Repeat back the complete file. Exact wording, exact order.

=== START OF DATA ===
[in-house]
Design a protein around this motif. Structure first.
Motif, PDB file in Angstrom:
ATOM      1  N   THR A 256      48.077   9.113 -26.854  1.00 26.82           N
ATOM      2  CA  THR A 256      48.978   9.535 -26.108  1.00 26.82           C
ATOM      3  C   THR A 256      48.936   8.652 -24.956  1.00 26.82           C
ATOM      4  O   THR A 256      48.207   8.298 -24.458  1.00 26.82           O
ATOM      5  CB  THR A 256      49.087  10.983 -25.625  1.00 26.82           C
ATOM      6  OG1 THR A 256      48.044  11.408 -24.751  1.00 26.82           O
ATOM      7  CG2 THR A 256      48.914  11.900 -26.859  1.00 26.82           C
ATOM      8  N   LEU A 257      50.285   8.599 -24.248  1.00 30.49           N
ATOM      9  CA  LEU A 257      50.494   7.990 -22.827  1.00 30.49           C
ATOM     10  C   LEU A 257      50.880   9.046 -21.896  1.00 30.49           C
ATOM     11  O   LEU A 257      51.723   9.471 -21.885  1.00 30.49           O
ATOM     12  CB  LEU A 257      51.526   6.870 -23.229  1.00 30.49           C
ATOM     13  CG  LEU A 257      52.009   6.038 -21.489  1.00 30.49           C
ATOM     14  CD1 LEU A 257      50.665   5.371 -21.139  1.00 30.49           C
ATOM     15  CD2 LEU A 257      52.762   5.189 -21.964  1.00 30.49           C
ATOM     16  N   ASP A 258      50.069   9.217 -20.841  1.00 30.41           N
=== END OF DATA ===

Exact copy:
[in-house]
Design a protein around this motif. Structure first.
Motif, PDB file in Angstrom:
ATOM      1  N   THR A 256      48.077   9.113 -26.854  1.00 26.82           N
ATOM      2  CA  THR A 256      48.978   9.535 -26.108  1.00 26.82           C
ATOM      3  C   THR A 256      48.936   8.652 -24.956  1.00 26.82           C
ATOM      4  O   THR A 256      48.207   8.298 -24.458  1.00 26.82           O
ATOM      5  CB  THR A 256      49.087  10.983 -25.625  1.00 26.82           C
ATOM      6  OG1 THR A 256      48.044  11.408 -24.751  1.00 26.82           O
ATOM      7  CG2 THR A 256      48.914  11.900 -26.859  1.00 26.82           C
ATOM      8  N   LEU A 257      50.285   8.599 -24.248  1.00 30.49           N
ATOM      9  CA  LEU A 257      50.494   7.990 -22.827  1.00 30.49           C
ATOM     10  C   LEU A 257      50.880   9.046 -21.896  1.00 30.49           C
ATOM     11  O   LEU A 257      51.723   9.471 -21.885  1.00 30.49           O
ATOM     12  CB  LEU A 257      51.526   6.870 -23.229  1.00 30.49           C
ATOM     13  CG  LEU A 257      52.009   6.038 -21.489  1.00 30.49           C
ATOM     14  CD1 LEU A 257      50.665   5.371 -21.139  1.00 30.49           C
ATOM     15  CD2 LEU A 257      52.762   5.189 -21.964  1.00 30.49           C
ATOM     16  N   ASP A 258      50.069   9.217 -20.841  1.00 30.41           N